The amenorrhea is defined as a temporary or permanent absence of menstruation.
There are three fundamental types of amenorrhea:
- Physiological amenorrhea: are those that occur naturally, and appear in the following states: before puberty (the appearance of the first period, or menarche, usually takes place between 10 and 14 years), in pregnancy ( it is the most frequent cause of amenorrhea), in lactation and in menopause (between 45 and 55 years).
- Primary amenorrhea: it is the absence of the appearance of the rule when the woman has reached the age of 16.
- Secondary amenorrhea: it is the lack of menstruation for at least 3 months in a woman who had previously had her period, excluding physiological amenorrhea.
Causes of amenorrhea
The main causes of amenorrhea are:
Genetic abnormalities of the genital tract
- Hymen imperforation: it is a rare malformation in which the woman experiences monthly pain coinciding with menstrual desquamation (which is retained within the vagina and uterus).
Congenital absence of vagina.
- Rokitansky syndrome: it consists of a total or partial agenesis of the vagina associated with a rudimentary non-canalized uterus and frequent renal or urinary malformations.
- Morris syndrome: it is a form of intersex that is characterized by a female external appearance with the absence of axillary and pubic hair, a blind vagina (because the uterus is usually missing) and well-shaped testicles (although they are usually intra-abdominal).
- Adrenogenital syndrome: It is another form of intersex that is characterized by masculine external appearance with hypertrophy of the clitoris, normal vagina and existing uterus and ovaries.
- Gonadal dysgenesis: it is a malformation of the ovaries. The external genitalia are female but childlike in appearance. It presents in three forms: gonadal dysgenesis with dwarfism and extragenital malformations (Turner syndrome); pure gonadal dysgenesis, without malformations or dwarfism (Swyer’s syndrome); and gonadal dysgenesis with dwarfism (Rösle syndrome).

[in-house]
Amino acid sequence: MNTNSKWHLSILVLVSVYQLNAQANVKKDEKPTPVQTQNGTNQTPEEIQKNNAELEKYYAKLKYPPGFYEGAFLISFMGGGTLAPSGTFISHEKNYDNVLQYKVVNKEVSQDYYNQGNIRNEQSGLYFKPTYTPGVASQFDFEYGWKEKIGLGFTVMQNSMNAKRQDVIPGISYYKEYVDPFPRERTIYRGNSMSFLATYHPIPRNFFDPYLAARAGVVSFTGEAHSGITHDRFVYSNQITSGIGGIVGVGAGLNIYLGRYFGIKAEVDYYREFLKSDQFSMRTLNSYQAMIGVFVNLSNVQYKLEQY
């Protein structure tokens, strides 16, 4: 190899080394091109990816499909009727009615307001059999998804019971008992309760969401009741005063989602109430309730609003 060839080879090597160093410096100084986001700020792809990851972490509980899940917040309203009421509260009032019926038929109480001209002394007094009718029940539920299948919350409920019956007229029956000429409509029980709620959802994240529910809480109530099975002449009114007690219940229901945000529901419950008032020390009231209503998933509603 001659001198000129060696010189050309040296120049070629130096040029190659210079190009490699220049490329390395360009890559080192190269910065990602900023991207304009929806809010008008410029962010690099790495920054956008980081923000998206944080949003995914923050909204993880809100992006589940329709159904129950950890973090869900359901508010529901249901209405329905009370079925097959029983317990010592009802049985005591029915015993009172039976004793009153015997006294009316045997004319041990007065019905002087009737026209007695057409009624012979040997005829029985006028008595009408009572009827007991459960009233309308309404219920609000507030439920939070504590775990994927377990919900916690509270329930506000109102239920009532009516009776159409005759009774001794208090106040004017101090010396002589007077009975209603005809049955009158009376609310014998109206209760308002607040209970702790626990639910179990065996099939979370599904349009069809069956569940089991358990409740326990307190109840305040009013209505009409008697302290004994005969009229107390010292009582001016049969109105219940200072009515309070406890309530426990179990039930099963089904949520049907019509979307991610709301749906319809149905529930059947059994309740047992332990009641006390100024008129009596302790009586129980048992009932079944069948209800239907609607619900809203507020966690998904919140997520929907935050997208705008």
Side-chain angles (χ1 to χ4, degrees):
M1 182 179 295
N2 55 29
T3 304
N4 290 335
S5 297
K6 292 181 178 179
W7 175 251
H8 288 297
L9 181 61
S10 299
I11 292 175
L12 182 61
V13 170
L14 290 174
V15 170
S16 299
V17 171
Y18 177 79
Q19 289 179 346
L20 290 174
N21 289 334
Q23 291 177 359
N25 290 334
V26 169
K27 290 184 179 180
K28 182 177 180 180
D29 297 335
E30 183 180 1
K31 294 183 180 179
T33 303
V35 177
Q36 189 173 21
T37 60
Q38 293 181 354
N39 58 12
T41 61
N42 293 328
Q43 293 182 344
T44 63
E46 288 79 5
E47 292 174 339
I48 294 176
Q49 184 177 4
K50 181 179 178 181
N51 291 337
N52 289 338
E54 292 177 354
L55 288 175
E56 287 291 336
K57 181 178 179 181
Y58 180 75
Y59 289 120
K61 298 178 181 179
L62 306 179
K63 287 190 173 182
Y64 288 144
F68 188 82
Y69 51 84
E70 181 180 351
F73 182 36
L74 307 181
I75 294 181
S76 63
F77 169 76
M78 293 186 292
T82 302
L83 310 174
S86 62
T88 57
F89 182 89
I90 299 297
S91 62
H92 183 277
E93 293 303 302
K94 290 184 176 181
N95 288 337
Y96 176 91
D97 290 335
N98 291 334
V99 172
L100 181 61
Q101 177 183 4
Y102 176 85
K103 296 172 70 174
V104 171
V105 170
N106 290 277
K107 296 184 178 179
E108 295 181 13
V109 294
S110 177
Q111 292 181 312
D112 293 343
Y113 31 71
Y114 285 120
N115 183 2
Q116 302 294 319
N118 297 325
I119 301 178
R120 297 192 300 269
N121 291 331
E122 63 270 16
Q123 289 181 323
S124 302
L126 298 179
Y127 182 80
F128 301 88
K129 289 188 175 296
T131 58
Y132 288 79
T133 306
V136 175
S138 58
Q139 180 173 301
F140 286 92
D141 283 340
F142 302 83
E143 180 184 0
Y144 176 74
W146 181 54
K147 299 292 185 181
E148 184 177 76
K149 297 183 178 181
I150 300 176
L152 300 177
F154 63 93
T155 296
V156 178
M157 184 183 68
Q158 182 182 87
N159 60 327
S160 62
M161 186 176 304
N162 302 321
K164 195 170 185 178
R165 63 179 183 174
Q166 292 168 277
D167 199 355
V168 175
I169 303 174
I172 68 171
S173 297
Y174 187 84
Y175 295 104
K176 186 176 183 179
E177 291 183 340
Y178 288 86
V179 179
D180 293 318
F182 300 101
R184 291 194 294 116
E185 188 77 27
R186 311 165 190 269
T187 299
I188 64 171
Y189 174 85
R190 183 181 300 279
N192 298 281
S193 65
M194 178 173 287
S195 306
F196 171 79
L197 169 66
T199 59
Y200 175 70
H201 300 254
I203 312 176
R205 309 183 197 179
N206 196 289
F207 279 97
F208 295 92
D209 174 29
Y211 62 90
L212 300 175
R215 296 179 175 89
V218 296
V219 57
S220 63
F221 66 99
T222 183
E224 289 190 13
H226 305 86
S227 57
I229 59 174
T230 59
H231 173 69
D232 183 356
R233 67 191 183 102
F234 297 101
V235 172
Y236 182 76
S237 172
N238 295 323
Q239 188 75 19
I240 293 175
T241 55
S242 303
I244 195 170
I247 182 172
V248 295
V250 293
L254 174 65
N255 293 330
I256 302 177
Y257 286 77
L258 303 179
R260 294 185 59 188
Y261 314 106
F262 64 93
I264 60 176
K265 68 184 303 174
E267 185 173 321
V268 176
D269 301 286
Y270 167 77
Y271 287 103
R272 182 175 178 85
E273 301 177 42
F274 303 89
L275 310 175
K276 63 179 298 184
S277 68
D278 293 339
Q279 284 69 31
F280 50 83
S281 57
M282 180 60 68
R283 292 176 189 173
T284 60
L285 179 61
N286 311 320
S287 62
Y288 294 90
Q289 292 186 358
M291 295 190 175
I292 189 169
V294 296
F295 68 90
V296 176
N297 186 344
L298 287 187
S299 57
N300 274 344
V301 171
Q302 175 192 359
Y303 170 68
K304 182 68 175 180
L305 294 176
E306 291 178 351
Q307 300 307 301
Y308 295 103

Amenorrhea of uterine origin
They are mainly due to endometrial lesions due to multiple causes and that cause secondary amenorrhea. Among these causes we find uterine curettage, radiation injuries, cauterizations, infections (especially tuberculosis ), etc. Sometimes these destructive processes produce uterine synechiae, which is known as Asherman’s syndrome.
Amenorrhea of ovarian origin
- Primary ovarian failure: it is due to a failure in the function of the ovary, which can be produced by many causes, and which alters the hormonal regulation of menstruation.
- Some ovarian tumors.
- Polycystic ovary or Stein-Leventhal syndrome: it is defined as the association of large and bulky ovaries, menstrual alterations (mainly amenorrhea), sterility, hirsutism and obesity, accompanied by certain hormonal alterations.
- Some ovarian cysts.
Amenorrhea of pituitary origin
The main cause of amenorrhea due to alteration of the pituitary gland are pituitary tumors: prolactinomas, ACTH-producing tumors, growth hormone-producing tumors, and craniopharyngiomas. All of them cause an alteration in the hormonal regulation of menstruation.
Amenorrhea of hypothalamic origin
All of them entail an alteration of the hormonal regulation of the menstrual cycle, which can end up producing amenorrhea:
- Amenorrhoea psychic: occurs in situations of stress , internment (in schools, prisons, concentration camps, etc.), or fear of pregnancy or sexuality.
- Amenorrhea due to malnutrition: it is fundamentally associated with anorexia nervosa .
- Sports amenorrhea: occurs in women who practice intense and competitive exercise (athletics, ballet, gymnastics, etc).
- Non-tumor lesions: which can secondarily affect the hypothalamus, for example: hydrocephalus, meningitis , brain trauma, etc. Among these injuries we find Sheehan’s syndrome, which consists of a total pituitary failure due to ischemia or an infarction of the pituitary, which occurs after significant bleeding after childbirth.